Death of former chief executive Cameron-Hayes at age of 91
Colonel John Cameron-Hayes, former secretary and chief executive of the Racecourse Association, has died at the age of 91.
Cameron-Hayes joined the RCA in October 1972 and during his time there oversaw the move from Portman Square to Ascot, where it is still based.
Cameron-Hayes had been in the military for 28 years, serving with The King’s Troop, Royal Horse Artillery, a ceremonial troop established by George VI to take part in ceremonies of state.
He is believed to have been in charge of the escort which took the body of the king from Sandringham to the lying-in-state in St George’s Chapel, Windsor in 1952, for which service he was awarded an MVO (Member of the Royal Victorian Order). While he was at the Troop, he competed at Badminton and in point-to-points.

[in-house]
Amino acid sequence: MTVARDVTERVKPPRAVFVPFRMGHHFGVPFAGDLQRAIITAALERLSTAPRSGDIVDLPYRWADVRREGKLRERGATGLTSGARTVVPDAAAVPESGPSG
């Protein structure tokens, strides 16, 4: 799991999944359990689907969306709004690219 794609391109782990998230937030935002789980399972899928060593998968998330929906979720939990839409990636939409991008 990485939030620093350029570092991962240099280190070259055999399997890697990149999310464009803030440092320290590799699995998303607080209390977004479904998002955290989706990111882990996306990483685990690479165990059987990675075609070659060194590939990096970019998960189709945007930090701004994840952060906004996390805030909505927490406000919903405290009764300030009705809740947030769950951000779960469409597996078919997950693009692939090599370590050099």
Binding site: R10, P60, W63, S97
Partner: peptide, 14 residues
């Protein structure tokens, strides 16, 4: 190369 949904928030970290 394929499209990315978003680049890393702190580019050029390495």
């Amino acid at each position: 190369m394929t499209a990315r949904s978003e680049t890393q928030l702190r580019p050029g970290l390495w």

At the time of the Falklands War in 1982, Cameron-Hayes arranged for some racecourse equipment - believed to be starting stalls - to be shipped to the island's racecourse.
RCA communications executive Will Aitkenhead said: "We were very sad to hear the news of Colonel John Cameron-Hayes's death. Following his time in the army he played a very important role in the history and development of the RCA and was a much respected leader in the sport. We would like to offer our condolences to his family, friends and colleagues in racing."
A memorial service is to be held at 11am on April 7 at St Mary’s Church, Chilton Foliat, near Hungerford. No flowers but donations in memory of John may be made to the Injured Jockeys Fund c/o R.C. Smallbone Funeral Directors, 37 Pound Street, Newbury, RG14 6AE.